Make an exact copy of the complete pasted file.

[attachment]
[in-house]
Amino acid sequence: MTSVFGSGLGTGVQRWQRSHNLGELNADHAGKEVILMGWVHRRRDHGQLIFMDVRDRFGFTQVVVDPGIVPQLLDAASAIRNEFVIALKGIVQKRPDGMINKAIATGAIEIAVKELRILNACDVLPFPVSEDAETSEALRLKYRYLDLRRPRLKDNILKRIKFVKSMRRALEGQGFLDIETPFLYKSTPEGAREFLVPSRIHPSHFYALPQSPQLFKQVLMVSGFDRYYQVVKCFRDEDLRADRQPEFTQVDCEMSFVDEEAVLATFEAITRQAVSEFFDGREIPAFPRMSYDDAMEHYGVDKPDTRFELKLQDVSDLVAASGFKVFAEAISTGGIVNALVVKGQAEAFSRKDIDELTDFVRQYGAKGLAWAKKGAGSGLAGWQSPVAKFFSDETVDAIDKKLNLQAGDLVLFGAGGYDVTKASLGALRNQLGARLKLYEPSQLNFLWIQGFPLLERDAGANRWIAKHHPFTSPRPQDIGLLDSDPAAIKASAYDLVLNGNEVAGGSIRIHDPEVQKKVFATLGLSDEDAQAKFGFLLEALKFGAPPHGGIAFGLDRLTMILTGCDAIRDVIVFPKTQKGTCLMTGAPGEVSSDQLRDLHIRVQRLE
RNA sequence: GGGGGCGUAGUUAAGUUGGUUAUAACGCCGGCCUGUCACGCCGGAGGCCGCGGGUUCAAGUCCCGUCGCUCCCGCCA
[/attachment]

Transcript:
[in-house]
Amino acid sequence: MTSVFGSGLGTGVQRWQRSHNLGELNADHAGKEVILMGWVHRRRDHGQLIFMDVRDRFGFTQVVVDPGIVPQLLDAASAIRNEFVIALKGIVQKRPDGMINKAIATGAIEIAVKELRILNACDVLPFPVSEDAETSEALRLKYRYLDLRRPRLKDNILKRIKFVKSMRRALEGQGFLDIETPFLYKSTPEGAREFLVPSRIHPSHFYALPQSPQLFKQVLMVSGFDRYYQVVKCFRDEDLRADRQPEFTQVDCEMSFVDEEAVLATFEAITRQAVSEFFDGREIPAFPRMSYDDAMEHYGVDKPDTRFELKLQDVSDLVAASGFKVFAEAISTGGIVNALVVKGQAEAFSRKDIDELTDFVRQYGAKGLAWAKKGAGSGLAGWQSPVAKFFSDETVDAIDKKLNLQAGDLVLFGAGGYDVTKASLGALRNQLGARLKLYEPSQLNFLWIQGFPLLERDAGANRWIAKHHPFTSPRPQDIGLLDSDPAAIKASAYDLVLNGNEVAGGSIRIHDPEVQKKVFATLGLSDEDAQAKFGFLLEALKFGAPPHGGIAFGLDRLTMILTGCDAIRDVIVFPKTQKGTCLMTGAPGEVSSDQLRDLHIRVQRLE
RNA sequence: GGGGGCGUAGUUAAGUUGGUUAUAACGCCGGCCUGUCACGCCGGAGGCCGCGGGUUCAAGUCCCGUCGCUCCCGCCA